INDIANAPOLIS – When Reggie Wayne first graced an NFL playing field, Donte Moncrief was fresh off of celebrating his eighth birthday.
Yes, eighth birthday.
Now in 2014, the two are teammates with the Colts and Wayne, the elder statesmen by nearly 15 years, had some wisdom for the rookie wide receiver needing to step up with No. 87 just an observer on Sunday.
"Be ready to play, be ready to come out and make those big plays because they are going to come."
They did come on Sunday and the 21-year old Moncrief was more than ready to make them.
Moncrief hauled in seven catches for a career-high 113 yards and scored his first NFL touchdown with a leaping grab of 31 yards late in the third quarter.
"I just knew I had to step up," Moncrief said of his game against the Steelers.
"I was just waiting for that moment. I got the chance and I had to come out and make some big plays for my team. That's what I did."
Last week, offensive coordinator Pep Hamilton shared the confidence he had in the team's third-round pick.
Hamilton was definitely a fan of Moncrief's all offseason long, praising the talented SEC product for how well he's grasped the complex offensive system.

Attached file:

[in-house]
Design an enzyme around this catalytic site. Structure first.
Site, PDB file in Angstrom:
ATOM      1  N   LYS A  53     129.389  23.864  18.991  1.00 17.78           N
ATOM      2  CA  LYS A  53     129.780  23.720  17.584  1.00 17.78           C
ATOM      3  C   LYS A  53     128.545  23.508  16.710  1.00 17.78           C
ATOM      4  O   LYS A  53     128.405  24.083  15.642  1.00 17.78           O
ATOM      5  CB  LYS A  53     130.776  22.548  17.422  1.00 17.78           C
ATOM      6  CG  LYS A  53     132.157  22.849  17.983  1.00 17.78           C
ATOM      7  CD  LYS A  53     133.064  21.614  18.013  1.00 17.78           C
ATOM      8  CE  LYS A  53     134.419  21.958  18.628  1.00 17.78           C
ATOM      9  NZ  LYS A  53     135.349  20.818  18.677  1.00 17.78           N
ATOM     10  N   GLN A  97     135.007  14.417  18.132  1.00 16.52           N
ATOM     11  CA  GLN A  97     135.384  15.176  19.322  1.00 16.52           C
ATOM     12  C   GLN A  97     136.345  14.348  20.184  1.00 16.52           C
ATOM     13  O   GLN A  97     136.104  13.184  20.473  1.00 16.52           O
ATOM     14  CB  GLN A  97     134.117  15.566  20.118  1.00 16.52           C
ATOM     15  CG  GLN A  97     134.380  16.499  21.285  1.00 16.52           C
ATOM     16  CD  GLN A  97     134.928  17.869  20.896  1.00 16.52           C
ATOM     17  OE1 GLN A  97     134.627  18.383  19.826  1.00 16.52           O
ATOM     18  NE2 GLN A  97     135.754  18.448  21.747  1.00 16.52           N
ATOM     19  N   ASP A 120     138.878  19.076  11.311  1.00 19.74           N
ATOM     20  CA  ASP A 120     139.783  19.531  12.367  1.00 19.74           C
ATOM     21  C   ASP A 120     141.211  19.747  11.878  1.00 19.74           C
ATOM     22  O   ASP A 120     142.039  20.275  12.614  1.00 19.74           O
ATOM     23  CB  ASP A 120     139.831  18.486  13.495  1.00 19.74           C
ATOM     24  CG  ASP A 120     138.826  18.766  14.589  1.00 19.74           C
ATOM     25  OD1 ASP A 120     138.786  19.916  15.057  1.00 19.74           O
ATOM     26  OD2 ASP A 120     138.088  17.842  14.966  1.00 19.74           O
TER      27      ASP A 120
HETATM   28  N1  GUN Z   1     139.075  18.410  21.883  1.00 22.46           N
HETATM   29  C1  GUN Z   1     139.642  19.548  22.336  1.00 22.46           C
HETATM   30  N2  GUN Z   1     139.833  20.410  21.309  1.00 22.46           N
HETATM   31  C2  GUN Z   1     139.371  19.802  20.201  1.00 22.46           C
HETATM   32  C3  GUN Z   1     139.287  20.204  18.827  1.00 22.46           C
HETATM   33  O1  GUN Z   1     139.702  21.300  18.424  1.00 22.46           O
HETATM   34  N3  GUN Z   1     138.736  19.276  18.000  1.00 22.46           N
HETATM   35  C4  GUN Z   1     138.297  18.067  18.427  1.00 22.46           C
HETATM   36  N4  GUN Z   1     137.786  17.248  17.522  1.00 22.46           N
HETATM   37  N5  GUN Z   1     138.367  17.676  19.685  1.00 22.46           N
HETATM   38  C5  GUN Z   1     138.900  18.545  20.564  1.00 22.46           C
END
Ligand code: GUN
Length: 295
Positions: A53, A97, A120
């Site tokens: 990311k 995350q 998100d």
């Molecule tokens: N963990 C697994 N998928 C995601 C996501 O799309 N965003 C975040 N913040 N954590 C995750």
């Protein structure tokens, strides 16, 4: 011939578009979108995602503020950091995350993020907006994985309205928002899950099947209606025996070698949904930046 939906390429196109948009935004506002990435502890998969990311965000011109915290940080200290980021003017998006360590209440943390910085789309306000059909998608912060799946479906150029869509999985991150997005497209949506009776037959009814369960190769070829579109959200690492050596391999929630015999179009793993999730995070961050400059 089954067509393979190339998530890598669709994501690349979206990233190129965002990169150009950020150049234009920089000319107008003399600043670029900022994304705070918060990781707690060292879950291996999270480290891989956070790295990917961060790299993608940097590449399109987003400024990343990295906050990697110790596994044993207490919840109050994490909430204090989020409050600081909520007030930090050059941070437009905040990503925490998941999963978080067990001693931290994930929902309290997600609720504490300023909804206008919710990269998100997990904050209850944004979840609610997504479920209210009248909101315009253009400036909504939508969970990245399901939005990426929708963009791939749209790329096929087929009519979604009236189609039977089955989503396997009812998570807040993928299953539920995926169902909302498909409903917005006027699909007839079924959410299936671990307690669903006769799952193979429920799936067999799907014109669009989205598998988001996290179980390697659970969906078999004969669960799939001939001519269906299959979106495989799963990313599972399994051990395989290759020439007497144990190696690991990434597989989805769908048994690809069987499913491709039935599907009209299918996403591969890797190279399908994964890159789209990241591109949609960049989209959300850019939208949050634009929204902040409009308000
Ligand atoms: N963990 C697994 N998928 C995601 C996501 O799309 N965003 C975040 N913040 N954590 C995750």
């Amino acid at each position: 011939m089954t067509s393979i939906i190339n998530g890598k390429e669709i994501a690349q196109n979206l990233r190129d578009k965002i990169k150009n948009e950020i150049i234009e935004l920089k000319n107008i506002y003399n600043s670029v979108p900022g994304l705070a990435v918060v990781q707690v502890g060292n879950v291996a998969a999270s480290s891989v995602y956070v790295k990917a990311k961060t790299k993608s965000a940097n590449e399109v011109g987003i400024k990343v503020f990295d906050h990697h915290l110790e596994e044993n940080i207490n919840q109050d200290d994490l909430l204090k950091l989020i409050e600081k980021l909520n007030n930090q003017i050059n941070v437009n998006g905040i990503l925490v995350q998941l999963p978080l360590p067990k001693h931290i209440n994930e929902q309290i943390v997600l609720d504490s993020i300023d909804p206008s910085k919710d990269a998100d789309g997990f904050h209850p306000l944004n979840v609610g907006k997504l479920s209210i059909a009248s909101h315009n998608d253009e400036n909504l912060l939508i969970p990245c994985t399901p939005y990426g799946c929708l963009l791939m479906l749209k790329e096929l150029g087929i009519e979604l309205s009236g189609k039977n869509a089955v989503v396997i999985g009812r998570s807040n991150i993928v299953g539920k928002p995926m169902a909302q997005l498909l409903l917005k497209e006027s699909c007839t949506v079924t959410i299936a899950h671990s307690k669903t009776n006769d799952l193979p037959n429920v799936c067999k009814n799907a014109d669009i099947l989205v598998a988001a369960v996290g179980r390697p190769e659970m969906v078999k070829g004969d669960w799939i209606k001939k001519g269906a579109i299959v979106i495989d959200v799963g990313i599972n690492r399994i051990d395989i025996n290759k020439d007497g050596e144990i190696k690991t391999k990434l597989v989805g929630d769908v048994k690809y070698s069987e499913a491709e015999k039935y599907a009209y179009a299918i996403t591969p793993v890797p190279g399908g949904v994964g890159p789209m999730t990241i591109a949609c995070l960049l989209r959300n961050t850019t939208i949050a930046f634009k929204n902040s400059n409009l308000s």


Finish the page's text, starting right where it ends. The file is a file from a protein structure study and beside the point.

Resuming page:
"He's ahead of schedule," Hamilton said of Moncrief last week.
"He's a guy that we feel like at any given moment we can plug him in and he'll be ready to go out there and perform at the level that's expected."
Coming into Sunday, Moncrief had played sparingly but when he got action Andrew Luck wasn't afraid to turn his way.
Moncrief's role skyrocketed to 40 of the team's 66 offensive snaps against the Steelers and he received the most targets (12) of any Colts skill player on Sunday.
"He's a heck of a receiver," Luck says of the 6-2, 221-pound pass catcher.
"I don't think it was too surprising to the guys who are in this locker room how we played. He's shown it in practice and in training camp. He prepares like a veteran. He approaches things like a vet. So happy for his success."
It's those traits that can at times be difficult to measure through the draft process.
Teams saw the size (6-2, 221 pounds) and speed (4.4 40-yard dash) of Moncrief but could the "kid" handle life at the professional level, after moving away from family in Mississippi for the first time in his life.
Sunday was Moncrief's inaugural professional test and he showed why coaches weren't afraid to throw him into the fray and expect the production that came.
"It's a testament to (Moncrief's) work ethic and him coming to practice every single day since he became a Colts and working at his craft and practicing and preparing like a starter," Chuck Pagano said.
"It was great to see him come alive."